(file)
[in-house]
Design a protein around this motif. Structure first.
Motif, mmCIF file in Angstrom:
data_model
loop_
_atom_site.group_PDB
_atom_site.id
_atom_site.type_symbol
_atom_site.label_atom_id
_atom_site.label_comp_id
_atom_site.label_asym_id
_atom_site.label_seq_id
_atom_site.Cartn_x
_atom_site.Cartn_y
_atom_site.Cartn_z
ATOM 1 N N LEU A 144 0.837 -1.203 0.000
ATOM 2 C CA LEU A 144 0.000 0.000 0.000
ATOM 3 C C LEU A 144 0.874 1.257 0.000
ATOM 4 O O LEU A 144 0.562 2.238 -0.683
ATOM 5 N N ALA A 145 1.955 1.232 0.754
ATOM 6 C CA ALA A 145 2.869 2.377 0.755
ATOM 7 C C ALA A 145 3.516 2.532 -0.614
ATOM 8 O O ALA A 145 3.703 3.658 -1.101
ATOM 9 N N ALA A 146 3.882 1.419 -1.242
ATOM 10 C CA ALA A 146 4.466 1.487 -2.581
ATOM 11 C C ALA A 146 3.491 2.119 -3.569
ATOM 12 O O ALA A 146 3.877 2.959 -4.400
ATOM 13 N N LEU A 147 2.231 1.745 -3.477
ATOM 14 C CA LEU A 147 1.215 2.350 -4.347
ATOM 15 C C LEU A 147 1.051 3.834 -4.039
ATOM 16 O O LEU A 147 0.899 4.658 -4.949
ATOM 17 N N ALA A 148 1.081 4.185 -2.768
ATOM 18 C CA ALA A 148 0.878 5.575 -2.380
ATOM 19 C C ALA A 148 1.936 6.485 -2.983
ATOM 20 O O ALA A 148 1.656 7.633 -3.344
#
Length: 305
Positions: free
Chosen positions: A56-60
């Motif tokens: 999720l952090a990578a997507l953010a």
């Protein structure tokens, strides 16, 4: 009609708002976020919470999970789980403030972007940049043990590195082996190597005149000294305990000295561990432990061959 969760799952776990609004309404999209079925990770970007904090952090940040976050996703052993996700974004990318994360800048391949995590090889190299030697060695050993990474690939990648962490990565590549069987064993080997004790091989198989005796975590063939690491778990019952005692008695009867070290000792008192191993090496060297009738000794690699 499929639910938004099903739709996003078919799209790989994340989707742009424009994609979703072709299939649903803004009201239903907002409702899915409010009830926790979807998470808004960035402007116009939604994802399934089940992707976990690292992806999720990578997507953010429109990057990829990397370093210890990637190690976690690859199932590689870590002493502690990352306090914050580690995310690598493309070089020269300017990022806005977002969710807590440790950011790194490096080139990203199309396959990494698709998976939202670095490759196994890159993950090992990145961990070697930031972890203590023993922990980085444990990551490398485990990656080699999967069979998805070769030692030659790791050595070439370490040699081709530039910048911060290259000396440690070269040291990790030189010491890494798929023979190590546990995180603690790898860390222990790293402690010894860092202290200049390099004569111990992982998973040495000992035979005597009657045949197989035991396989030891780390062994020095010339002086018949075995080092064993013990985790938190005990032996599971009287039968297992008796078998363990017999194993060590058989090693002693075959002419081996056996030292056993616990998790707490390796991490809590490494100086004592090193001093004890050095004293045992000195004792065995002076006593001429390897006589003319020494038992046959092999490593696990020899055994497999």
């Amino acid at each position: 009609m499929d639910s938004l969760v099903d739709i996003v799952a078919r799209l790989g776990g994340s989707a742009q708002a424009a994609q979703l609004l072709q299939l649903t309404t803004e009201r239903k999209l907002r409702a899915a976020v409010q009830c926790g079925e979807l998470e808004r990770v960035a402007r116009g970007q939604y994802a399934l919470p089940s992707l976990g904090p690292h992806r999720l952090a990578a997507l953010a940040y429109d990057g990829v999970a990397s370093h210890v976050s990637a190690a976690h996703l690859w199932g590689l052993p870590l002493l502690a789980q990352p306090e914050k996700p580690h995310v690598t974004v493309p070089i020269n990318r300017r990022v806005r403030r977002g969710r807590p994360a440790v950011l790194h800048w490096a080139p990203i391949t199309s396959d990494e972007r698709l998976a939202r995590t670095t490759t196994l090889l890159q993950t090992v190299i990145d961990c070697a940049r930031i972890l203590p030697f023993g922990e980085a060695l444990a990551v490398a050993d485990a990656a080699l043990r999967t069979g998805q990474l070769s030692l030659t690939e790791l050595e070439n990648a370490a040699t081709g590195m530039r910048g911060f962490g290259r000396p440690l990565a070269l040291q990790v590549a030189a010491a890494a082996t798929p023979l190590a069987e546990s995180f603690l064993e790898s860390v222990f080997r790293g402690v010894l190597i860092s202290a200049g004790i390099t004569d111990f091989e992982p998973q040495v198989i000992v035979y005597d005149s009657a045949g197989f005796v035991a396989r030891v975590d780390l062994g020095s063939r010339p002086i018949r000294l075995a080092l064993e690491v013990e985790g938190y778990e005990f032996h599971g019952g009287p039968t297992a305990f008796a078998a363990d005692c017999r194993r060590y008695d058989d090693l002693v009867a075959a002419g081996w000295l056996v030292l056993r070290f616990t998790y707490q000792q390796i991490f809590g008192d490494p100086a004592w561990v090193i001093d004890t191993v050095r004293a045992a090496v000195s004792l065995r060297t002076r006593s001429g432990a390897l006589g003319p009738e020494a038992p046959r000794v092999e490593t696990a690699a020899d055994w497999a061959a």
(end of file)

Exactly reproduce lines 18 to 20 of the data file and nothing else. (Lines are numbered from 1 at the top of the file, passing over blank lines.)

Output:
ATOM 3 C C LEU A 144 0.874 1.257 0.000
ATOM 4 O O LEU A 144 0.562 2.238 -0.683
ATOM 5 N N ALA A 145 1.955 1.232 0.754